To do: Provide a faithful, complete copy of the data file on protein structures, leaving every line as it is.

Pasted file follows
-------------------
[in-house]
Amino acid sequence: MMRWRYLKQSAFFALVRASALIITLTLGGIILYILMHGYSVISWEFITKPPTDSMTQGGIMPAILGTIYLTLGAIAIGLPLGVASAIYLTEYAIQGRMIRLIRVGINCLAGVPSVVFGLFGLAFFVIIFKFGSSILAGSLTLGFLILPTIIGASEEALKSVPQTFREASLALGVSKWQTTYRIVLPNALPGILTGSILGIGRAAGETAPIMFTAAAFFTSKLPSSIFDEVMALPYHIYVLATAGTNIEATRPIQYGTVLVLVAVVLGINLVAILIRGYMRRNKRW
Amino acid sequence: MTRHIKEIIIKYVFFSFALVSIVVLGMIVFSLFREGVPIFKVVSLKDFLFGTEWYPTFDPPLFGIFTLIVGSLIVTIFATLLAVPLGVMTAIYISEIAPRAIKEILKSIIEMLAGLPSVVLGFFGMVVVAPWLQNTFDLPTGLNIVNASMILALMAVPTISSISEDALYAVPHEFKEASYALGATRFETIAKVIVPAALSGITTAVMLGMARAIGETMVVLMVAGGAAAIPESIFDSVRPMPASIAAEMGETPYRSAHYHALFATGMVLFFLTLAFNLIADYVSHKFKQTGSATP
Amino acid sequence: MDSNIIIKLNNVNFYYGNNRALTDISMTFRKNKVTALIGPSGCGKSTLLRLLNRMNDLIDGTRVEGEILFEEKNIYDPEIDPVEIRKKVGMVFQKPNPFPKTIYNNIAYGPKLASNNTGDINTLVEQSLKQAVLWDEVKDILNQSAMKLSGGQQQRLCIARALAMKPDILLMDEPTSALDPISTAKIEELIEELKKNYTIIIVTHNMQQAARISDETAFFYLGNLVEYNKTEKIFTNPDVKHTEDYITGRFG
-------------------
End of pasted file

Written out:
[in-house]
Amino acid sequence: MMRWRYLKQSAFFALVRASALIITLTLGGIILYILMHGYSVISWEFITKPPTDSMTQGGIMPAILGTIYLTLGAIAIGLPLGVASAIYLTEYAIQGRMIRLIRVGINCLAGVPSVVFGLFGLAFFVIIFKFGSSILAGSLTLGFLILPTIIGASEEALKSVPQTFREASLALGVSKWQTTYRIVLPNALPGILTGSILGIGRAAGETAPIMFTAAAFFTSKLPSSIFDEVMALPYHIYVLATAGTNIEATRPIQYGTVLVLVAVVLGINLVAILIRGYMRRNKRW
Amino acid sequence: MTRHIKEIIIKYVFFSFALVSIVVLGMIVFSLFREGVPIFKVVSLKDFLFGTEWYPTFDPPLFGIFTLIVGSLIVTIFATLLAVPLGVMTAIYISEIAPRAIKEILKSIIEMLAGLPSVVLGFFGMVVVAPWLQNTFDLPTGLNIVNASMILALMAVPTISSISEDALYAVPHEFKEASYALGATRFETIAKVIVPAALSGITTAVMLGMARAIGETMVVLMVAGGAAAIPESIFDSVRPMPASIAAEMGETPYRSAHYHALFATGMVLFFLTLAFNLIADYVSHKFKQTGSATP
Amino acid sequence: MDSNIIIKLNNVNFYYGNNRALTDISMTFRKNKVTALIGPSGCGKSTLLRLLNRMNDLIDGTRVEGEILFEEKNIYDPEIDPVEIRKKVGMVFQKPNPFPKTIYNNIAYGPKLASNNTGDINTLVEQSLKQAVLWDEVKDILNQSAMKLSGGQQQRLCIARALAMKPDILLMDEPTSALDPISTAKIEELIEELKKNYTIIIVTHNMQQAARISDETAFFYLGNLVEYNKTEKIFTNPDVKHTEDYITGRFG